we have toiled all the night, and have taken nothing; which carries in it an objection to what Christ advised and directed to: they had been fishing that "night", which was the best time for catching fish; and they had been at it all the night, and had "laboured" hard; and were even "fatigued", and quite wearied out; and what was most discouraging of all, their labour was in vain; they had caught "nothing":

nevertheless at thy word I will let down the net; which showed faith in Christ, and obedience to him: thus the faithful preachers of the Gospel, sometimes labour and toil in the ministry of the word a great while, with little or no success; and are discouraged from going on, and would be tempted to leave off, were it not for the commission and word of command they have received from Christ, which they dare not be disobedient to; and for the word of promise he has given them, to be with them, on which they depend.

And Simon answering said unto him, {b} Master, we have toiled all the night, and have taken nothing: nevertheless at thy word I will let down the net.

(b) The word signifies someone that has rule over anything.

Luke 5:5. ἐπιστάτα: Lk.’s name for Jesus as Master, six times; a Greek term for Gentile readers instead of Rabbi = (1) Master, then (2) Teacher, “qui enim magistri doctrinae erant, ii magistri simul vitae esse solebant,” Kypke.—ἐπὶ τῷ ῥήματί σου, at Thy word or bidding. Success was doubly improbable: it was day, and in deep water; fish were got at night, and near shore. The order, contrary to probability, tempts to symbolic interpretation: the deep sea the Gentile world; Peter’s indirect objection symbol of his reluctance to enter on the Gentile mission, overcome by a special revelation (Acts 10). So Holtz., H. C.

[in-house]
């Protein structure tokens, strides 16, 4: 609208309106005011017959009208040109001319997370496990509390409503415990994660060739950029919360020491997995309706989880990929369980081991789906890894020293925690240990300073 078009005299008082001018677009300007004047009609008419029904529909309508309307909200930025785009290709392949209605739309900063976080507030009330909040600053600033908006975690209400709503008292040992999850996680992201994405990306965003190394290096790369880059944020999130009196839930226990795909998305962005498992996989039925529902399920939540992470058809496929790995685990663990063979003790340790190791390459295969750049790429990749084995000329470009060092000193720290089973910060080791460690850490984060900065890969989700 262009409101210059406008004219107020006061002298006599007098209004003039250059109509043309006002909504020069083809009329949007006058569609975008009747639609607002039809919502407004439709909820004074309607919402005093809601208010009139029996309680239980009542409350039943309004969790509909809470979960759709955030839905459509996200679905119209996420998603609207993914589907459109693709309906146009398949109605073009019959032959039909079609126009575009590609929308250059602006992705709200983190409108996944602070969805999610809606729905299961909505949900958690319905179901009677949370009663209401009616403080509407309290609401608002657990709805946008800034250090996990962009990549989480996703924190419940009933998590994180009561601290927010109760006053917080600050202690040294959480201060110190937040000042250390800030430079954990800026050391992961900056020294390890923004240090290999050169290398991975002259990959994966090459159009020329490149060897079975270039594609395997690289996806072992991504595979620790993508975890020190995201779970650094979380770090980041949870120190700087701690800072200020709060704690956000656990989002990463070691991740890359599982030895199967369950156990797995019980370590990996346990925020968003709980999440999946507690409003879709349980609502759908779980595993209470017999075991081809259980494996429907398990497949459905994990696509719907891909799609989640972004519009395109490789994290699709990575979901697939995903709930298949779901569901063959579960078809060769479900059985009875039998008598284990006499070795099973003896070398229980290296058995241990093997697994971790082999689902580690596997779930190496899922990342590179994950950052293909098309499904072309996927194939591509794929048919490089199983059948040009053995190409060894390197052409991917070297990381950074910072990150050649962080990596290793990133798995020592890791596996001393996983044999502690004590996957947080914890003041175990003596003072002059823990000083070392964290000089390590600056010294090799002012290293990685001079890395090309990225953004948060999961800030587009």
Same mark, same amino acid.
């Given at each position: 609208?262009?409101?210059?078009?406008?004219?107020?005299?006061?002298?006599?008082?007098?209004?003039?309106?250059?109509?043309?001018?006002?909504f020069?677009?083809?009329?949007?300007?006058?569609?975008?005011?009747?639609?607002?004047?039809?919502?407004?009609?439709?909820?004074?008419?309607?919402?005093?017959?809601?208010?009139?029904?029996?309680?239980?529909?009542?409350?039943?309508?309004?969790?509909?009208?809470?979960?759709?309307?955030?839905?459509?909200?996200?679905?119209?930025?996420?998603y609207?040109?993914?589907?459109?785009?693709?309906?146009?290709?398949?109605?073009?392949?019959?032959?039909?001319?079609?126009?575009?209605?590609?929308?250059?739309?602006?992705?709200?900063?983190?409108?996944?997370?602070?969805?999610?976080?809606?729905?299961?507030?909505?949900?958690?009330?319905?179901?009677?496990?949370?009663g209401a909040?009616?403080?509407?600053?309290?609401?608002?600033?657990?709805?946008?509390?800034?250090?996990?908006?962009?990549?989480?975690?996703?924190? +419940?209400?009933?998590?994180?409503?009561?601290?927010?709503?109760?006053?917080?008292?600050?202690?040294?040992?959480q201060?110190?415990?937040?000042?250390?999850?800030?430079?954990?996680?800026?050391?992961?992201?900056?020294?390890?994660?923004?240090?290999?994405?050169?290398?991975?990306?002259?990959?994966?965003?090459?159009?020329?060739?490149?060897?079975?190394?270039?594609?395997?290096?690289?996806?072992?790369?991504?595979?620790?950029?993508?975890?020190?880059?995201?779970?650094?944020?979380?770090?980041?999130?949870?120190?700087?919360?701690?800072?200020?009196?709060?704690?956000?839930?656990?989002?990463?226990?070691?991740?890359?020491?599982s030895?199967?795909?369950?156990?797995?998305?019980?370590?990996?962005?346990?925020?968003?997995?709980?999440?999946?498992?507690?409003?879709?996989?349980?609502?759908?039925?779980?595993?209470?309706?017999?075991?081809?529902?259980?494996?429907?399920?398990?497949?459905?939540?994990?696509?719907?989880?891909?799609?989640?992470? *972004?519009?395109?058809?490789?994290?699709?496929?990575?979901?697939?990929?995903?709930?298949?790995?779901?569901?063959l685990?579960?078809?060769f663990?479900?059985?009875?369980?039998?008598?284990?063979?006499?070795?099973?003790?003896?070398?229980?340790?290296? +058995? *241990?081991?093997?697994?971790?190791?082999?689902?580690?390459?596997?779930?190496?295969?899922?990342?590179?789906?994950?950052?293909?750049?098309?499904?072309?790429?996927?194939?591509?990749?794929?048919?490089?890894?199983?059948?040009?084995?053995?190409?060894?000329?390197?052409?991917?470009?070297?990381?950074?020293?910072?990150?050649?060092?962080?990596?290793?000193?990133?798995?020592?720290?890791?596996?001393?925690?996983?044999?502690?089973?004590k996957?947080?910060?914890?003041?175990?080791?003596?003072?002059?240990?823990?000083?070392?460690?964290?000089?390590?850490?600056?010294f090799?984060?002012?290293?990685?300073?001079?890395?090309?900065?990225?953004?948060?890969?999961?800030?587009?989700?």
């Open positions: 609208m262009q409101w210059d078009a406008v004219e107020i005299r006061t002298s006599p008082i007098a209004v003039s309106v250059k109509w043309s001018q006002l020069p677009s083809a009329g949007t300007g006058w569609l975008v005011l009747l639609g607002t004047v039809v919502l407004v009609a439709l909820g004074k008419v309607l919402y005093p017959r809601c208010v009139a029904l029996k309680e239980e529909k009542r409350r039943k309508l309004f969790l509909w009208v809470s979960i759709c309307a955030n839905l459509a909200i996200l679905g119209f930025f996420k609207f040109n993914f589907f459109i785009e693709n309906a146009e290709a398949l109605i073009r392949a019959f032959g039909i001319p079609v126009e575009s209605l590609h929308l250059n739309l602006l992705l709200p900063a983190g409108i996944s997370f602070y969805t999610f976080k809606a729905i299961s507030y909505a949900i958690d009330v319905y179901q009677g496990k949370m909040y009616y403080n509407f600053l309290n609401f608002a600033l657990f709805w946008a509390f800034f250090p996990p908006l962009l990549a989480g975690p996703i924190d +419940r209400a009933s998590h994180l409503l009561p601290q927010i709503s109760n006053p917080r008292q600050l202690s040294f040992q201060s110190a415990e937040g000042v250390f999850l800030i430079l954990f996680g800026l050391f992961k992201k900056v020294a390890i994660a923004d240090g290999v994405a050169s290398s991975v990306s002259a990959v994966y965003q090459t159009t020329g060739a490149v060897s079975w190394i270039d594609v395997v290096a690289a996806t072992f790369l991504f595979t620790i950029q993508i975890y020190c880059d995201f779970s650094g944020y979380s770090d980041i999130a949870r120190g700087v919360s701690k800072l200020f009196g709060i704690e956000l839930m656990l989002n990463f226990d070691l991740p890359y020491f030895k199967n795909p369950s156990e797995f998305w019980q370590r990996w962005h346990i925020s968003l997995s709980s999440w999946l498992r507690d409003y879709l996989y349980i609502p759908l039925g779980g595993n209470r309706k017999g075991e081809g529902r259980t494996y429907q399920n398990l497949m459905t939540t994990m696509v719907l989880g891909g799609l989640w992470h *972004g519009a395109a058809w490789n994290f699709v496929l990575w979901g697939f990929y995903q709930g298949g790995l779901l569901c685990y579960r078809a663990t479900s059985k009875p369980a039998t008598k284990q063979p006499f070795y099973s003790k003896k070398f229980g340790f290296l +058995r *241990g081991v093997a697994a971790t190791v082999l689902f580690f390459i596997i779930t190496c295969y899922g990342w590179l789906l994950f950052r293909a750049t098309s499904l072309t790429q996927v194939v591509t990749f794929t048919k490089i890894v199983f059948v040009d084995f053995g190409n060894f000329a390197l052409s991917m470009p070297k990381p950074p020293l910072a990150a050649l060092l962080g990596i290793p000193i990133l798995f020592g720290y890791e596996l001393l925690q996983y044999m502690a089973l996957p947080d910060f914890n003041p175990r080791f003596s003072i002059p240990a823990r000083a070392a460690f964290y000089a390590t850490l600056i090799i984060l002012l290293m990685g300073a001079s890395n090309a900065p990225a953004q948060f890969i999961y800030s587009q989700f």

5. let down] Rather, let ye down. The first command is in the singular, and is addressed to Peter only as “the pilot of the Galilaean Lake.”

Master] The word is not Rabbi as in the other Evangelists,—a word which Gentiles would not have understood but Epistata (in its occasional classic sense of ‘teacher’) which is peculiar to St Luke 5:5; Luke 8:24; Luke 8:45; Luke 9:33; Luke 9:49; Luke 17:13. These are the only places where it occurs.

Luke 5:5. Ῥήματί σου, at Thy word) Peter had become sensible of the power of Jesus’ words. The same faith is displayed on his part in Matthew 14:28, “Lord—bid me come to Thee on the water.”

Verse 5. - Master. The word in the original so rendered is not Rabbi, as in the other Gospels, but ἐπίστατα, Teacher. The Jewish term would not have been understood by the Gentile reader for whom the story was especially intended. Luke 5:5Master (ἐπιστάτα)

Used by Luke only, and always with reference to Jesus. He never uses Rabbi, as John especially. Wyc., commander.

Toiled (κοπιάσαντες)

From κόπος, suffering, weariness; and therefore indicating exhausting toil.

At thy word (ἐπί)

Relying on: on the ground of.

The net (δίκτυον)

A general term for a net, whether for fish or fowl. See on Matthew 4:18. Some, as Rev., read τὰ δίκτυα, the nets.

Brake (διεῤῥήγνυτο)

Some texts read διερήσσετο, from the later form of the verb. The difference is unimportant. The A. V. fails to give the force of the imperfect, were breaking, as Rev.; or even better, possibly, began to break. Trench suggests were at the point to break. The word occurs also at Luke 8:29; Acts 14:14, and only twice beside in the New Testament. Luke alone uses the two compounds περιῤῥήγνυμι, of rending off clothes (see on Acts 16:22), and, προσρήγνυμι to beat violently (Luke 6:48, Luke 6:49). See on those passages. All the words occur in medical writings.